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Archive for January 2009

Midweek limericks

Some of my favourites:

There once was a man from Nantucket
whose walrus oh so luved its bukket.
One day walrus groaned,
it had just gotten pwned;
Said the lolcat “O HAI, I JUST TUK IT”.

There once was a [person] from [place]
Whose [body part] was [special case].
When [event] would occur,
It would cause [him or her]
To violate [law of time/space].

There once was a man named Bertold
Who drank beer when the weather grew cold
As he reached for his cup…
Oh, snap! You just got limerickrolled!

All these and more at LimerickDB: Top 150.

Bonus recommendation:

After reading all the acclaim poured over World of Goo, I downloaded the demo on my Mac. It’s a series of physics puzzles that reminds me a lot of Fantastic Contraption.

I wound up buying the game, as WiiWare instead of as a computer game. It sits in your Wii menu looking like a channel. The WiiWare version costs $15 (the computer versions are $20) but you can only buy Wii points in multiples of $10. The WiiWare game won’t allow to play player-built new levels, which sucks and isn’t mentioned on the game’s home page. The FAQ states: “The WiiWare supports up to 4 players in a ‘pick up ‘n’ play’ co-op mode. The PC version has online leaderboards for each individual level. Other than that, they’re the same.”

No, they’re not.

Pricier than expected

Back in September, I parked on a street near Concordia before one of my classes. A month or so later, a letter from the City of Montreal informed me that I’d parked next to a construction zone and had received a taicket, and that it was time to pay the $42 or go to court over it.

I hadn’t found a ticket on my car, and I didn’t recall any signage indicating a construction zone, although I vaguely remembered some of that flexible, soft-plastic, orange fencing set up on a nearby lawn. Maybe that was it. Regardless, I had no evidence with which to fight this ticket, so I had to pay. I couldn’t fight the man over this and expect to win, unlike last time.

I asked Elvi to pay it online for me, which she did promptly.

Last week, we received another letter from the city, telling us that we lost our court case and now had to pay $95. Say what?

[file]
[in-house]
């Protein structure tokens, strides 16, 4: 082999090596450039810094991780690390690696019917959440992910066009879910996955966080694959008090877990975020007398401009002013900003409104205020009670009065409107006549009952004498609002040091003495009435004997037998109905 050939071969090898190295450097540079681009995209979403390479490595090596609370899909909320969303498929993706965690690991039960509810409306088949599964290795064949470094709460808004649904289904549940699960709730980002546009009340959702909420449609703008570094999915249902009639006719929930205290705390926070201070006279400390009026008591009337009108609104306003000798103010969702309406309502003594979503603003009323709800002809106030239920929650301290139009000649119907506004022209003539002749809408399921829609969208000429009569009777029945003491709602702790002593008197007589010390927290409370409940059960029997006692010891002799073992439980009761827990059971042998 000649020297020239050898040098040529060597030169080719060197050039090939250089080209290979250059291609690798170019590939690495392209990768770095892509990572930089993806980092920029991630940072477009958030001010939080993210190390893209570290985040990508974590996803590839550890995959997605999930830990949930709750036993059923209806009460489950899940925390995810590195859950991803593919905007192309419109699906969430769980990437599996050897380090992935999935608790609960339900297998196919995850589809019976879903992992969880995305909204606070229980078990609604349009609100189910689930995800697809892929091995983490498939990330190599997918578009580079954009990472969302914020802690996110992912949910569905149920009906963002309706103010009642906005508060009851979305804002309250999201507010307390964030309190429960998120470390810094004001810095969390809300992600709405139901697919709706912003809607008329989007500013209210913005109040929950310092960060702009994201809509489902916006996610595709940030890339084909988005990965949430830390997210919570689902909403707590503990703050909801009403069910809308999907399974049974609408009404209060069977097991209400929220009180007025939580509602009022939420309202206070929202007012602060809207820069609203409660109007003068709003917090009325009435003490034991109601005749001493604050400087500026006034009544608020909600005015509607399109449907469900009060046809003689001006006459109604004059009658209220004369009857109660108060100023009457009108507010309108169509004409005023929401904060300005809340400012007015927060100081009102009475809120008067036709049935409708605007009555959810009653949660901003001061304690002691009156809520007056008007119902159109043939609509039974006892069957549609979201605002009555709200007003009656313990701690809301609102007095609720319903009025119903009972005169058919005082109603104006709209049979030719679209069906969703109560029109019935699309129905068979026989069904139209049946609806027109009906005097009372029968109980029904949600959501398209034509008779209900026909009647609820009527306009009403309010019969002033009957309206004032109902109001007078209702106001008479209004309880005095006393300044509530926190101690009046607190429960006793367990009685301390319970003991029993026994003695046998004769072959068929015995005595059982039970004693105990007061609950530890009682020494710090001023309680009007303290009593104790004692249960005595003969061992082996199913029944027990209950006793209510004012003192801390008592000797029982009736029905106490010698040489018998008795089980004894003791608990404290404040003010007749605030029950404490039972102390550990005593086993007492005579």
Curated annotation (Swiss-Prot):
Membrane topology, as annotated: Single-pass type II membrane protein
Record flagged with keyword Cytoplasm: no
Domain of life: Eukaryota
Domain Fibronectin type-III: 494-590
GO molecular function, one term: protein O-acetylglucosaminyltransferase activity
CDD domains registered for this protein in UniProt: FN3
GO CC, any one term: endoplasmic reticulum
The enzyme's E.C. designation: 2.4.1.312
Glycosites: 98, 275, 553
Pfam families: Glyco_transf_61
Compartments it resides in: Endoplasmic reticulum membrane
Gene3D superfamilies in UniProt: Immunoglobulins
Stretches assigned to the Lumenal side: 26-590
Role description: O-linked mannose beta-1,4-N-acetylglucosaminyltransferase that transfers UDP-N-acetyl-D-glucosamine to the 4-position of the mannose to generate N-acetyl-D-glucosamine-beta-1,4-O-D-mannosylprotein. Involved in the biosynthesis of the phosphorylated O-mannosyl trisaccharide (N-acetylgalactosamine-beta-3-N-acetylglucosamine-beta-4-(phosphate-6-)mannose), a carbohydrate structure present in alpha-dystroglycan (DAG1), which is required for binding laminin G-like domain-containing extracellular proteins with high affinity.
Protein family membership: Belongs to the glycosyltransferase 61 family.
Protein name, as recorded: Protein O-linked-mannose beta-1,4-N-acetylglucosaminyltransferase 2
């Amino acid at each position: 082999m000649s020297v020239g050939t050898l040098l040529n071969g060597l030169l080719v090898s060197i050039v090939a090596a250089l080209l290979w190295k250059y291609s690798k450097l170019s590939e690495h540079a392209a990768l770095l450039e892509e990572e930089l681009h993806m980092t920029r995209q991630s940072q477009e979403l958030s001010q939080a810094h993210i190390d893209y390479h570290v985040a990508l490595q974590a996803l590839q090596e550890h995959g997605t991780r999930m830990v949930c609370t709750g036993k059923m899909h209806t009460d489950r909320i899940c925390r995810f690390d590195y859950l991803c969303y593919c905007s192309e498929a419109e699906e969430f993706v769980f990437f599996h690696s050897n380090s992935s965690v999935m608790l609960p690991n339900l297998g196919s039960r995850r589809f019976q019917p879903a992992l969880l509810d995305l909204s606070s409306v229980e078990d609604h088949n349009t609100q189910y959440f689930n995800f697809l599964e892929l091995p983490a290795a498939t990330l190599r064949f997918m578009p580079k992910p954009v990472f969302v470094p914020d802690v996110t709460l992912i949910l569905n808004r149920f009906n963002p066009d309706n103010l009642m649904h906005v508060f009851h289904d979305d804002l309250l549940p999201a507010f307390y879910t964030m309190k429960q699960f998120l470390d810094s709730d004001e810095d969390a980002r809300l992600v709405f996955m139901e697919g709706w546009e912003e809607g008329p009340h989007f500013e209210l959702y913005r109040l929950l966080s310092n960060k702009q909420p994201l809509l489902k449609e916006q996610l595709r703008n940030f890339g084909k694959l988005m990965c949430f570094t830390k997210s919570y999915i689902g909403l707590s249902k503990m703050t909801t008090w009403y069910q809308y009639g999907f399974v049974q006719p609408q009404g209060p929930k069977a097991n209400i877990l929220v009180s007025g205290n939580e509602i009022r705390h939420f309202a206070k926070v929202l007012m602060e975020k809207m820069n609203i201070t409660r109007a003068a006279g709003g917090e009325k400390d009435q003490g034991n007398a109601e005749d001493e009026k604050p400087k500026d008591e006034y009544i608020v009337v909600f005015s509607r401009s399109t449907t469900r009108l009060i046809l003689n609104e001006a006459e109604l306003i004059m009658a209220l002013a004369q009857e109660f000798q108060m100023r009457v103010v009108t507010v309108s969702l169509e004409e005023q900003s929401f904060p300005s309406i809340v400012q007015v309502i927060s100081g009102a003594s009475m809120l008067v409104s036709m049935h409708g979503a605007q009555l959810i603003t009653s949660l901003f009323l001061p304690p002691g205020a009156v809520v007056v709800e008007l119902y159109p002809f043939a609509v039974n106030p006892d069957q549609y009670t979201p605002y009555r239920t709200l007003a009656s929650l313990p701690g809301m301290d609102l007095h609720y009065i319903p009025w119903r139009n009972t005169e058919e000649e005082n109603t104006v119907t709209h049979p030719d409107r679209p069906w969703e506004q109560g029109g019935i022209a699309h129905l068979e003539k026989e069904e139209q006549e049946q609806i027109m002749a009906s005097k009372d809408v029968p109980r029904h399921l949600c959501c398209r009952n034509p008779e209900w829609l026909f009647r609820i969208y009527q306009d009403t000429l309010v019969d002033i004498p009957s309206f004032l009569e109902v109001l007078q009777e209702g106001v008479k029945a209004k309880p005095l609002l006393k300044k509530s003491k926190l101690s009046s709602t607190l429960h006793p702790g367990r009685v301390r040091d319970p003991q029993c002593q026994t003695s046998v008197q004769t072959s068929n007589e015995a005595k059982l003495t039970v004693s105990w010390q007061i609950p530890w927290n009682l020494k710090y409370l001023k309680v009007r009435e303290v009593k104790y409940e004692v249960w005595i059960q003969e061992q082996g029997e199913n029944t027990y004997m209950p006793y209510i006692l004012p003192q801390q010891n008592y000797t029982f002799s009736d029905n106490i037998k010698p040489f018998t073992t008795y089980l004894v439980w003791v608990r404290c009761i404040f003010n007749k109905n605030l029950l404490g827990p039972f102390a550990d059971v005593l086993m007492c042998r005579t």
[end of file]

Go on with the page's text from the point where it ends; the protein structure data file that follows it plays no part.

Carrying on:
Our credit card shows our payment, but Elvi never received a confirmation e-mail. She called the city agents and they said that without the case number of the e-mail we did not get, they have no way of connecting our payment to our ticket, despite the fact that we got no other tickets last fall (as far as I know).

So we’re screwed. We paid the $42 ticket in October and while the city has the cash, the authorities say there’s no evidence for why they have the money. Now, we have to send them another $95.

I’m going to call VISA tomorrow and try to straighten this out. It’s freaking theft.

Bonus ticket:

Friday night, the Montreal Juniors held a promotion for NDG hockey in which kids wearing their hockey sweaters got in free. My ticket cost $15. That’s not a bad deal, and when you factor in the loss of Child Three’s gloves (well, one of them) and the parking ticket I got for parking in a long, long line of other cars that also got tickets (there was a single sign at the end of the block), it’s still less expensive than a Habs game.

Keeping tabs

We spent New Year’s Eve and most of New Year’s Day on the outskirts of Cornwall, Ont. Most of our time was spent watching kids play Wii or eating.

It’s nice to do something special.

I found a job posting that fits me perfectly and I would absolutely love to do it, so I applied. I’m bound to never hear from them.

And now, to complete this random assortment of minor notes, allow me to present you with a copy of one of the very first five images to appear on the World Wide Web.

From Wikipedia:

Back in 1992, after their show at the CERN Hardronic Festival, my colleague Tim Berners-Lee asked me for a few scanned photos of “the CERN girls” to publish them on some sort of information system he had just invented, called the “World Wide Web”. I had only a vague idea of what that was, but I scanned some photos on my Mac and FTPed them to Tim’s now famous “”. How was I to know that I was passing an historical milestone, as the one above was the first picture ever to be clicked on in a web browser!

Every click…
...contributes to world domination.